A lot of smaller villages before Kalinjor have been flattened too. “We are the poor ones, we don’t matter to anybody,” said a lady at Kharelthok, where we briefly stopped. Her two-storey stone and clay house had been reduced to dust, but she had survived. “Maybe we should loot your truck,” she joked. “But you are going to Kalinjor. It’s worse there,” she added. Her frustration expresses the mood in many villages of the badly-hit hill districts: the frustration is genuine and it is growing, but there is also a remarkable sense of calm and reasonableness in the attitude of the people that are worst hit. It’s a humbling realization. We were worried because there have been frequent headlines recently about conflicts and riots. They are, in all likelihood, slightly overblown. Maybe a disaster as cruel as the one we have just experienced brings out both the best and the worst in us.
A group of people were congregated in the front yard of a badly damaged house, by the sharp turn before the steep downhill stretch to Sashi’s village. The mood was somber. Twenty oil lamps flickered in a gentle afternoon breeze. A maroon-robed Lama read mantras. My initial thought was that it was to mark Buddha Purnima the next day – Kalinjor is a Tamang village of Buddhists. This full moon would have been the most important in the year for Sashi’s village. It marks the birth, enlightenment and death of the Buddha. This year, it is only an afterthought. But we soon learned that it was the funeral of a middle-aged woman, the fifth and the last of the human casualties in Kalinjor.
There was no despair evident among those present during the distribution of the supplies. With 171 houses completely demolished, cut off from electricity since the quake, and completely neglected by the government, the inhabitants had few complaints. “We are not expecting much from the government. If they only give us electricity, we could run the rice mill to grind the little amount of food grain we have recovered. We would survive for another month,” an elderly man said.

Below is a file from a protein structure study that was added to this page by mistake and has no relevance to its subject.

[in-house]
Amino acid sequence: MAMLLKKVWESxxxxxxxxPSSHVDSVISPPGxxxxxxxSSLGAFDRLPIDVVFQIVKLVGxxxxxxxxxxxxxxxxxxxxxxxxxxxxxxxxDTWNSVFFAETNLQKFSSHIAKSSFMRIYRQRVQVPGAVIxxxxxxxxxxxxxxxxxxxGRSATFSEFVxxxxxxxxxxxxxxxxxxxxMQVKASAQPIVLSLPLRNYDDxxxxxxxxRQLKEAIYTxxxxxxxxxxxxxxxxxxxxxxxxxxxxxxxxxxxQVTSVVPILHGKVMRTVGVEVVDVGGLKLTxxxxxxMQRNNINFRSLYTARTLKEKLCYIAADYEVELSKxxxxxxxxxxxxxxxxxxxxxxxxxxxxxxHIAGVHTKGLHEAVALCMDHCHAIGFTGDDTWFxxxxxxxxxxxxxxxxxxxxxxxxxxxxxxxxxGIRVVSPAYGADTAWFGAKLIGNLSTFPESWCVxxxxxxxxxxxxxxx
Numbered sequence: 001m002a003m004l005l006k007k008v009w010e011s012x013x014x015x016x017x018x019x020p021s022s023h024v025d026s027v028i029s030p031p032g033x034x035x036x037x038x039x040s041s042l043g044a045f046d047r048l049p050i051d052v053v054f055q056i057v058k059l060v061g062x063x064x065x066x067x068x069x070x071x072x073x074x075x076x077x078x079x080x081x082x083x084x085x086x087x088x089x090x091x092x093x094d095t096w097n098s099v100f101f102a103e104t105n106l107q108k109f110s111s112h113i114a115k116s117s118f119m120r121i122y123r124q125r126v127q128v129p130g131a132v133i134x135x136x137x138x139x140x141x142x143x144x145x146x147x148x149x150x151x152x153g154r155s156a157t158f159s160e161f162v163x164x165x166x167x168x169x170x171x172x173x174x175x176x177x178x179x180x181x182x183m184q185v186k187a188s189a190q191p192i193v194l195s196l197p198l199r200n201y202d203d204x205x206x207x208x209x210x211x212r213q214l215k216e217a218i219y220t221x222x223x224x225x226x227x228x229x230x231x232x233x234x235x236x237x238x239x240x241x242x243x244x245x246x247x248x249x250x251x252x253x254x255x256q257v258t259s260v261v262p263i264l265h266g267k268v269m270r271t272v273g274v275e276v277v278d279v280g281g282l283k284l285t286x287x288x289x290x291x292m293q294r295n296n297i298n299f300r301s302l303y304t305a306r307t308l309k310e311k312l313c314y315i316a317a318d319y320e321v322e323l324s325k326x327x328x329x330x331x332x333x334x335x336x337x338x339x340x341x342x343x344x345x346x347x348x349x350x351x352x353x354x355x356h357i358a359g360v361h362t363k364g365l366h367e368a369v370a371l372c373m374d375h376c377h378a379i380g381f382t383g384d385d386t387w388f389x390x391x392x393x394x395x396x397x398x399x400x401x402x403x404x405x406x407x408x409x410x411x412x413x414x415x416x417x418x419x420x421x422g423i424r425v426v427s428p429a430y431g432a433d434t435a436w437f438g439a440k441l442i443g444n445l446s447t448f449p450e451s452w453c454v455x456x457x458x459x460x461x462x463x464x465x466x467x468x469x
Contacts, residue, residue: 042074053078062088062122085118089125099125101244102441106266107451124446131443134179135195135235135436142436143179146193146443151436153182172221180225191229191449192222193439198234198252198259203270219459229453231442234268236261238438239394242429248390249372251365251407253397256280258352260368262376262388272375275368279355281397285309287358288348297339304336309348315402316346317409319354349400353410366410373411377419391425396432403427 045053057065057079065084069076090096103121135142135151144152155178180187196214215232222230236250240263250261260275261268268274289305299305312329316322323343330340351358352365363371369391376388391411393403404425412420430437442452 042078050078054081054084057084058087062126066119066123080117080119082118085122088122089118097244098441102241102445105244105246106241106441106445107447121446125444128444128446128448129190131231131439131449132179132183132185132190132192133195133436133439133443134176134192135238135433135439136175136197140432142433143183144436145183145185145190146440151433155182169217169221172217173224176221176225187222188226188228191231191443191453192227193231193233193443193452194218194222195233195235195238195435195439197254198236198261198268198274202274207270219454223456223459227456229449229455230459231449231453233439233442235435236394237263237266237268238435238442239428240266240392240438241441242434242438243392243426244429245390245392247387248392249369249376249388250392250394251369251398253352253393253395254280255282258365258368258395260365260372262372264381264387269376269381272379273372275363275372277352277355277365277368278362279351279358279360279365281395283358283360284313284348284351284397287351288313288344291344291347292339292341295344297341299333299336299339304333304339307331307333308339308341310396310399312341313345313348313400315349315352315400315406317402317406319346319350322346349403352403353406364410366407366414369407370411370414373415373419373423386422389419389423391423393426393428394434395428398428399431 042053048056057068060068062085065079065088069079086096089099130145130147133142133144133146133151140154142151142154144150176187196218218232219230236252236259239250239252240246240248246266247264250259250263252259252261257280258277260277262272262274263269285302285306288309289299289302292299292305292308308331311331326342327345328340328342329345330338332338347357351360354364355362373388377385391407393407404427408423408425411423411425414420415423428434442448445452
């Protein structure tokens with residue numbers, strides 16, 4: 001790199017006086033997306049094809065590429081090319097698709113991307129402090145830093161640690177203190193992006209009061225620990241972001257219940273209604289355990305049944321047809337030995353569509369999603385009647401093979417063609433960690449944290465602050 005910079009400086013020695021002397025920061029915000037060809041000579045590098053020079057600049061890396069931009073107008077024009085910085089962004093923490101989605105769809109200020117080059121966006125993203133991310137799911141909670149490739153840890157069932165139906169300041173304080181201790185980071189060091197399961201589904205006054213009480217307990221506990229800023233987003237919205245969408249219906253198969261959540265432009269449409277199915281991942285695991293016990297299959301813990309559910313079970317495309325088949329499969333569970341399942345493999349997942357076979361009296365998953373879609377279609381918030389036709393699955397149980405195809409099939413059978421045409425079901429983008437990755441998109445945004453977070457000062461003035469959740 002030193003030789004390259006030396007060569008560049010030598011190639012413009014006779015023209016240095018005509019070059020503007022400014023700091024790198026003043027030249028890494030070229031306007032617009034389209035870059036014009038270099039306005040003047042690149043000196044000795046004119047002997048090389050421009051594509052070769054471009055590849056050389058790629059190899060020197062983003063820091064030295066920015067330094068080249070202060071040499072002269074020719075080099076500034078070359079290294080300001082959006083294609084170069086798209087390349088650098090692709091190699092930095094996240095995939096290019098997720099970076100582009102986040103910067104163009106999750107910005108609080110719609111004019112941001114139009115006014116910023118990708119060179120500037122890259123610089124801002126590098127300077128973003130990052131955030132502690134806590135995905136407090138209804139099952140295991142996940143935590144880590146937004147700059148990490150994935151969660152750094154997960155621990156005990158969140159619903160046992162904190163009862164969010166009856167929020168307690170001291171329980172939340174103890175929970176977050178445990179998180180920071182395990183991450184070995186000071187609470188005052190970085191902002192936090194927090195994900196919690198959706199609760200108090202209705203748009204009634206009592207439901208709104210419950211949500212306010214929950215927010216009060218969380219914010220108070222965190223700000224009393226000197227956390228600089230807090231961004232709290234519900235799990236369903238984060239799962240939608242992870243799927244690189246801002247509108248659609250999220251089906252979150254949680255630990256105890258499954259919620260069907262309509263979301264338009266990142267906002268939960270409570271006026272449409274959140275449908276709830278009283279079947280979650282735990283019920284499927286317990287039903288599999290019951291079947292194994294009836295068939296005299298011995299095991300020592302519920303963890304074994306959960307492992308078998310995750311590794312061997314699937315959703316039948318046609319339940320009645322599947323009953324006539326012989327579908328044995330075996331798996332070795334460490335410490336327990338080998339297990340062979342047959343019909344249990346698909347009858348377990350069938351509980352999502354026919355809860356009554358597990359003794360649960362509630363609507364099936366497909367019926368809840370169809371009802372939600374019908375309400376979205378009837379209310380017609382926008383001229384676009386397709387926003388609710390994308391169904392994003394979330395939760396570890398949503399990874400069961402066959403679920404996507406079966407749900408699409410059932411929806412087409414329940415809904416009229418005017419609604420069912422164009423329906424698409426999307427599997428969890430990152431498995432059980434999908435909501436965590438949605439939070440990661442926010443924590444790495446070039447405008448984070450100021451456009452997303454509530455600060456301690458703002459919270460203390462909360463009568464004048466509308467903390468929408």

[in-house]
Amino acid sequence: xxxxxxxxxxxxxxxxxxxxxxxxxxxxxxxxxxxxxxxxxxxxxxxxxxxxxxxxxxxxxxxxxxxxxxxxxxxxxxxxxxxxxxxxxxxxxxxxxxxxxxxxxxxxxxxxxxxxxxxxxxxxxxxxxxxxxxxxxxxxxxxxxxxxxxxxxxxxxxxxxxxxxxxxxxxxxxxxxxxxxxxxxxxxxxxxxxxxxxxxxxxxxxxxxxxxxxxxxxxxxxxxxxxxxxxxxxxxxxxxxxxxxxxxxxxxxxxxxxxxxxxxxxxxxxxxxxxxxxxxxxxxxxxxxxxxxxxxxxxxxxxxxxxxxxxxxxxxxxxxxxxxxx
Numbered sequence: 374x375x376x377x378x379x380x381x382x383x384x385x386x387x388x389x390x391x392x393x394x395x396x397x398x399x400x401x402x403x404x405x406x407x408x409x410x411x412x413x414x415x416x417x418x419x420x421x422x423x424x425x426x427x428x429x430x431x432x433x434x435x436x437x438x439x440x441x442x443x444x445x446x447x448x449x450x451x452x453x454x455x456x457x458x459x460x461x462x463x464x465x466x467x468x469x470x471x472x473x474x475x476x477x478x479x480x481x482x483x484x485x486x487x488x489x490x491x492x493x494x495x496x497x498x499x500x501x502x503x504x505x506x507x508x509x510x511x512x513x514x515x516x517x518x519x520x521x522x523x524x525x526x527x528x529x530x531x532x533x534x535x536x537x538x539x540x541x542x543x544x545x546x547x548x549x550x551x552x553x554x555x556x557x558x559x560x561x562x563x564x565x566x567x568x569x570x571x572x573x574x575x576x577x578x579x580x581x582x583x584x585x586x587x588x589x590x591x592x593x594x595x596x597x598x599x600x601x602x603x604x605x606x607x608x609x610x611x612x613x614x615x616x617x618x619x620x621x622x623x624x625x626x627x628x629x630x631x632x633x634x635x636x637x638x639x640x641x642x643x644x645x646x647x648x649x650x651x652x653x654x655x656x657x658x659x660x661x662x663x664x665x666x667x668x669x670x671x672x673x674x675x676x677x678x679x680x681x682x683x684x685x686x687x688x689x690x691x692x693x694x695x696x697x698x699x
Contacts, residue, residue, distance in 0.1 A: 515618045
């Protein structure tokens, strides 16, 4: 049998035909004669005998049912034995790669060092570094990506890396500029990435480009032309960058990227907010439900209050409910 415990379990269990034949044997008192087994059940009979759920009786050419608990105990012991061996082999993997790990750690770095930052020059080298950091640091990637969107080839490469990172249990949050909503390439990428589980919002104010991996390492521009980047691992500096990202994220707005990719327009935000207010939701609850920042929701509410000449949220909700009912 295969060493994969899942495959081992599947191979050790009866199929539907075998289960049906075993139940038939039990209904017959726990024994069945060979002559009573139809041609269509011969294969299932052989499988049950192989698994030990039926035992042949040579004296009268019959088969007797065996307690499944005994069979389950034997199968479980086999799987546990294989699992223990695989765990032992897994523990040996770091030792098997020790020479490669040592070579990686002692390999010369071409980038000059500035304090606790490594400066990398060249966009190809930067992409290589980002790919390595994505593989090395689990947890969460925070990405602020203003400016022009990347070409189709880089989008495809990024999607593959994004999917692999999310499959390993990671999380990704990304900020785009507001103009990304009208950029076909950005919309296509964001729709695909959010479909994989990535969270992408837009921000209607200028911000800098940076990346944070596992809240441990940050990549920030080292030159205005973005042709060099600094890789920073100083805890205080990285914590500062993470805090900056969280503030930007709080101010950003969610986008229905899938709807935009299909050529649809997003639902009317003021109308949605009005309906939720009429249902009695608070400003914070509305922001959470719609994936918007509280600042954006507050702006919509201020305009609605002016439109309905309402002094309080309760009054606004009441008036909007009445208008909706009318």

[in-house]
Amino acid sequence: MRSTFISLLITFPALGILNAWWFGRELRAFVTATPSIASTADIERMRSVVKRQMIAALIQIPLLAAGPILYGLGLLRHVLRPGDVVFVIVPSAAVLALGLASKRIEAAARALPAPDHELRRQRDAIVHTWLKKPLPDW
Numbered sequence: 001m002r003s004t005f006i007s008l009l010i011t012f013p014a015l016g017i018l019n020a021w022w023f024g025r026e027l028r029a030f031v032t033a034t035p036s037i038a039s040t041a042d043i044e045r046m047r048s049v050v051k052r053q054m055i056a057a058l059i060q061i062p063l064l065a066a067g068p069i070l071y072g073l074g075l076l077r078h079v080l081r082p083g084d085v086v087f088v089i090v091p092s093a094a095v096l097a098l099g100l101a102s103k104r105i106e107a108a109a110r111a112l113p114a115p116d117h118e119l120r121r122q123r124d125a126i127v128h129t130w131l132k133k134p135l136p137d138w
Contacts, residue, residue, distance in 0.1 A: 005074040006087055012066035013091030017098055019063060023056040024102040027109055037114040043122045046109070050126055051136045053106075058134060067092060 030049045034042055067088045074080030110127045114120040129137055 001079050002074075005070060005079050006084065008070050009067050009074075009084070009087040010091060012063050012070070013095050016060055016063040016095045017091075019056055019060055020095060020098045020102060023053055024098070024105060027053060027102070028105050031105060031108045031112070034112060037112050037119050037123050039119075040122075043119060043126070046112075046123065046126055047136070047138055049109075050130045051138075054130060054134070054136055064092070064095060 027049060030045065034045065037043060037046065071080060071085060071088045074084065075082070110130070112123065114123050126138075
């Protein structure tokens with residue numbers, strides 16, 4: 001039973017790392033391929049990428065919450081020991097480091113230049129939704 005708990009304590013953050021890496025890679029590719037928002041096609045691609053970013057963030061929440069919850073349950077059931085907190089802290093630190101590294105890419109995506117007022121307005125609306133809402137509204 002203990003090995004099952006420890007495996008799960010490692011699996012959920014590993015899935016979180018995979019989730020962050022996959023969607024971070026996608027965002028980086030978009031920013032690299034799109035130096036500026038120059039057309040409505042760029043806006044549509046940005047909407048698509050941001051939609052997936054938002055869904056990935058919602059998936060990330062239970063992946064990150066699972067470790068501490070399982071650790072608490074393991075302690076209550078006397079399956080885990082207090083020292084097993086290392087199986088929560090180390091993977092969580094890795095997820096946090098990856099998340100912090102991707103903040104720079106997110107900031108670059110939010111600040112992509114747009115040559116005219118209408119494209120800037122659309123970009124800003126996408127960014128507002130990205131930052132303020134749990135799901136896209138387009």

Sashi’s village feels like a war zone. “It’s like someone came and bombed this place, dai,” Sashi told me, breaking into that familiar and mischievous smile. I was shattered by the sight of the ruthless destruction: only the prayer flags remained, fluttering in the sky. I patted Sashi on the back and said I was sorry to see his house gone. He said almost dismissively, “People are really tough here. Don’t worry!”
Throughout the village, men, women and children were picking up pieces of bricks and wood from the rubble. One woman was weeding a small plot of corn. A group of children laughed hysterically at us – strange city people wearing shorts and sunglasses. It was revealing, deeply painful yet uplifting. Rebuilding their village will probably take months and years, but these children deserve a normal life. As the hot summer and monsoon approach, these children deserve a safe and decent shelter. They deserve to laugh and play. They deserve an education. What’s been lost won’t return, but the rhythms of life can be reclaimed.
We drove back as the sun was setting. There aren’t better sunsets to be had than those from these spectacular mountain valleys in the Mahabharat Range. A quarter of an hour later, the moon rose in the east over the Sunkoshi, a prelude to the magnificence of the full moon to follow the next day. Tomorrow, and in all tomorrows to come, things will look better, everything will be brighter.
To help Nayan and his friends rebuild Sashi’s village, visit the site they have set up for earthquake relief here.